Monday, June 11, 2007

Hobbyist To Artist - Journey Or Incompatibility?

Many of us started out as hobby photographers. Somewhere along the line we started to take our hobby more and more seriously and started to talk about art and having pretensions to create a lasting legacy of good works.

A small number of photographers have come to the craft from other visual arts, often showing the most creative work at workshops even if they don't yet have mastery of the technical aspects of photography.

So I'm wondering what implications the typical hobby pathway has for those of us who aspire to greater things.

- Are we different from those who still call themselves hobbyists - ie. did we mutate somewhere along the line?

- Are we just being pretentious in trying to call ourselves artists instead of hobbyists?

- Is there a fundamental difference between an artist and a hobbyist?

- Is there a pathway leading from one to the other and if so can someone show me the map?

- One could imagine defining the difference by the dedication involved - but does this mean that anyone who holds down a full time job is by definition not taking things seriously and therefore can't be an artist or taken seriously?

Well, lets tackle some of these questions, the last one first - should part timers be taken seriously? Over the years and in many artistic fields, artists have had to support themselves by doing other work. Many's the waiter who's an aspiring artist and no one criticises him or her for putting some food on the table by doing so. Thus it can't be the hours spent in other activities - hell a lot of artists spent a goodly part of their lives, sitting around, drinking too much and bullshitting with other artists - about politics - so the number of hours spent does not define who is an artist.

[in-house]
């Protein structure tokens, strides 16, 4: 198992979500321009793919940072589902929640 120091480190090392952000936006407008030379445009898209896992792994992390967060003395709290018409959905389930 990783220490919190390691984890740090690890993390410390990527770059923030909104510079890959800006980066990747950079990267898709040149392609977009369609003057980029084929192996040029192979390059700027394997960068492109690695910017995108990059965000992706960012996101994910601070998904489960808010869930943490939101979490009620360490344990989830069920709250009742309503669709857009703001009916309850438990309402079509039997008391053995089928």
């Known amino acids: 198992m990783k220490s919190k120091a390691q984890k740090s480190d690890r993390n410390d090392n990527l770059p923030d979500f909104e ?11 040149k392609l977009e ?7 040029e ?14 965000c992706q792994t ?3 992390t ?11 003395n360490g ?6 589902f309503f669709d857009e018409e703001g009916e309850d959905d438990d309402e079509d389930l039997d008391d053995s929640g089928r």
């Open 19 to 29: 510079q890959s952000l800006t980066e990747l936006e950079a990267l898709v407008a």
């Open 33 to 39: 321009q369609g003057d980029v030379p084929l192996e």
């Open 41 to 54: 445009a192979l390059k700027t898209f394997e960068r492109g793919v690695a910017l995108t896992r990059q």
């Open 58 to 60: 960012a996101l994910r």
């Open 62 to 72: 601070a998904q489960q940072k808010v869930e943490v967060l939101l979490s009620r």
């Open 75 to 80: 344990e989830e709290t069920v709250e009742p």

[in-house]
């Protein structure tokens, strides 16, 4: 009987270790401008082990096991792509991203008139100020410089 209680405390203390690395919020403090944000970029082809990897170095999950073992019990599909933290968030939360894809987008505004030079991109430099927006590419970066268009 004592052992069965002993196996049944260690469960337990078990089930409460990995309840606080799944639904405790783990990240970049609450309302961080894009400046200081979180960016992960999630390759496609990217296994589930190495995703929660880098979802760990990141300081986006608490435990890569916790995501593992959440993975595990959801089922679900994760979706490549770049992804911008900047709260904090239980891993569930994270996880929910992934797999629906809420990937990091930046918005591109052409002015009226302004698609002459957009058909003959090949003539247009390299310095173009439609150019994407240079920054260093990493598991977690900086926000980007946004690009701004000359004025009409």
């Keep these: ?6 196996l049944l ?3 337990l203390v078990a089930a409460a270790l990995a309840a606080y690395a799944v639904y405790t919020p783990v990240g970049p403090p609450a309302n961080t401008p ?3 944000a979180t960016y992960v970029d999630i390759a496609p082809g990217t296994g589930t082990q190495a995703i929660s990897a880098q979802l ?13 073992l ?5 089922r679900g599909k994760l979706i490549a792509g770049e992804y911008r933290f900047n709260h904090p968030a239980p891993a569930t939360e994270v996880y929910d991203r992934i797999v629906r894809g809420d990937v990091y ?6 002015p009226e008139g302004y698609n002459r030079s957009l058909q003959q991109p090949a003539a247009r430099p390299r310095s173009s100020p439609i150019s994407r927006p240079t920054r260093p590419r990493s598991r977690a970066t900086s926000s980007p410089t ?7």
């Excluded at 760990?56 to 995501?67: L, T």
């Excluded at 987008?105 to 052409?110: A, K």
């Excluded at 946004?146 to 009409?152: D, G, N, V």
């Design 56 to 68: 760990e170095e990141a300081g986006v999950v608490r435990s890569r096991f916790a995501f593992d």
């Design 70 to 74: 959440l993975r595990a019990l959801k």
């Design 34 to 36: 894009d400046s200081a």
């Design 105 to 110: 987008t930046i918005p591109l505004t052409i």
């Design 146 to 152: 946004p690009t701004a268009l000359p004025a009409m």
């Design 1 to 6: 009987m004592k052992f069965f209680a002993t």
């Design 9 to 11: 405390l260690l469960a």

Are those of us who call ourselves 'fine art photographers' fundamentally different from hobbyists - after all most of use got here from there? I certainly don't remember being struck by lightning or having a religious experience or waking with an epiphany. Perhaps this means I'm being pretentious after all. I suspect though that it's a matter of degree, that there isn't a sudden and definite transition. As I discussed in my articles on 'taking your photography to the next level' on Luminous Landscape, at some point, fairly early in the hobby, we gradually switch from simply recording the moment to wanting to create something more than a good record.

Is calling ourselves artists simply being pretentious? Well, we've already established that the hours devoted to our art isn't it - might it be the quality of the work? Were that the case, there'd be a lot of BFA (batchelor of fine art) holders who shouldn't be calling themselves artists. Quality is very subjective and even sensitive to the times and fashion and so on.

It can't be the amount of time it takes to make a single image - there are famous (and expensive) artworks that took only a few minutes to make, the credit going to the genius coming up with the idea.

If one gets credit for being old, then I'm a shoein, with my thinning white hair but seriously that isn't the answer - most great artists were great at a relatively young age.